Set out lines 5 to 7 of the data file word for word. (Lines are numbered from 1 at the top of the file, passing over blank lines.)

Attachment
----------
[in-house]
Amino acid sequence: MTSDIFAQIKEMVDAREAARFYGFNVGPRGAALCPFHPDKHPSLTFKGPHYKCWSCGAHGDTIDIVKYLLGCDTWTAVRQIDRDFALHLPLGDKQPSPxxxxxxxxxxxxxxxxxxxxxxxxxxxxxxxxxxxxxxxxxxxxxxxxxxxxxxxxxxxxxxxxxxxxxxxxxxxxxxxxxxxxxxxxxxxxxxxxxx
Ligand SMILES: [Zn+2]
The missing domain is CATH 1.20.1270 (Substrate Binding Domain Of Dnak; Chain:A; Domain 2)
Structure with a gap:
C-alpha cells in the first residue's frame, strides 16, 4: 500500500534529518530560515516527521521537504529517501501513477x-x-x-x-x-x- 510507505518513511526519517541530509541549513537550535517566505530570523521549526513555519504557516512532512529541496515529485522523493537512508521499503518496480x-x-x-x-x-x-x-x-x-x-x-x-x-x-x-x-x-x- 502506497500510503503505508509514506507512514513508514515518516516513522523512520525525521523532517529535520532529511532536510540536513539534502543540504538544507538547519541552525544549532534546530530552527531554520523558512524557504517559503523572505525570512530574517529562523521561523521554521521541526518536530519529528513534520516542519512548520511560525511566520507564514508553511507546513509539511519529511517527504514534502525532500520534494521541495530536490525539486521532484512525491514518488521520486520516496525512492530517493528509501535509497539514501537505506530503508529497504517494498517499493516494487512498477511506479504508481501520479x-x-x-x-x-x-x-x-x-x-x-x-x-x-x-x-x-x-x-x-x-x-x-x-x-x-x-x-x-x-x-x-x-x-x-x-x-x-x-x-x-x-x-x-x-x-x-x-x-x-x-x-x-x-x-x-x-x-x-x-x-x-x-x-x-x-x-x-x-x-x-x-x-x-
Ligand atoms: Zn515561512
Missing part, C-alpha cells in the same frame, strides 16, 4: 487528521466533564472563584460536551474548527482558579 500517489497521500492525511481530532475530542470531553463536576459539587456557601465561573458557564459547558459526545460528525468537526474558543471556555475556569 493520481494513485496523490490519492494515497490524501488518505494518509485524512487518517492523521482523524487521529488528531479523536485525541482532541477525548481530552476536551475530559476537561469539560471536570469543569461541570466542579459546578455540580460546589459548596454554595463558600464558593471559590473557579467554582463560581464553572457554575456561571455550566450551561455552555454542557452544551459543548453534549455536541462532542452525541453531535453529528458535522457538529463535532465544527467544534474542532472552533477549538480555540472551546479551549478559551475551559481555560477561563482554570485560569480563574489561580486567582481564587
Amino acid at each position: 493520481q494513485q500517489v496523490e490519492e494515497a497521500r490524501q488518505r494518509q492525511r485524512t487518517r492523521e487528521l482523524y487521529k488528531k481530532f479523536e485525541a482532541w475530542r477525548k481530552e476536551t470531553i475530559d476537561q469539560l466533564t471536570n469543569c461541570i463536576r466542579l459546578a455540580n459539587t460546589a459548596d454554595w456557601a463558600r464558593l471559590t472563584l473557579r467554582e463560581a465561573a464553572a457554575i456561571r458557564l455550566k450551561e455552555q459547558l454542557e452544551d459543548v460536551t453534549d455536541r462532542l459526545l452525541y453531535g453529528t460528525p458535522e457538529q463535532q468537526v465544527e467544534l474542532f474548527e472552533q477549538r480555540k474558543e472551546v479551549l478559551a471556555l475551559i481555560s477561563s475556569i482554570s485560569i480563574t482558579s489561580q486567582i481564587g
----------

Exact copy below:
Structure with a gap:
C-alpha cells in the first residue's frame, strides 16, 4: 500500500534529518530560515516527521521537504529517501501513477x-x-x-x-x-x- 510507505518513511526519517541530509541549513537550535517566505530570523521549526513555519504557516512532512529541496515529485522523493537512508521499503518496480x-x-x-x-x-x-x-x-x-x-x-x-x-x-x-x-x-x- 502506497500510503503505508509514506507512514513508514515518516516513522523512520525525521523532517529535520532529511532536510540536513539534502543540504538544507538547519541552525544549532534546530530552527531554520523558512524557504517559503523572505525570512530574517529562523521561523521554521521541526518536530519529528513534520516542519512548520511560525511566520507564514508553511507546513509539511519529511517527504514534502525532500520534494521541495530536490525539486521532484512525491514518488521520486520516496525512492530517493528509501535509497539514501537505506530503508529497504517494498517499493516494487512498477511506479504508481501520479x-x-x-x-x-x-x-x-x-x-x-x-x-x-x-x-x-x-x-x-x-x-x-x-x-x-x-x-x-x-x-x-x-x-x-x-x-x-x-x-x-x-x-x-x-x-x-x-x-x-x-x-x-x-x-x-x-x-x-x-x-x-x-x-x-x-x-x-x-x-x-x-x-x-
Ligand atoms: Zn515561512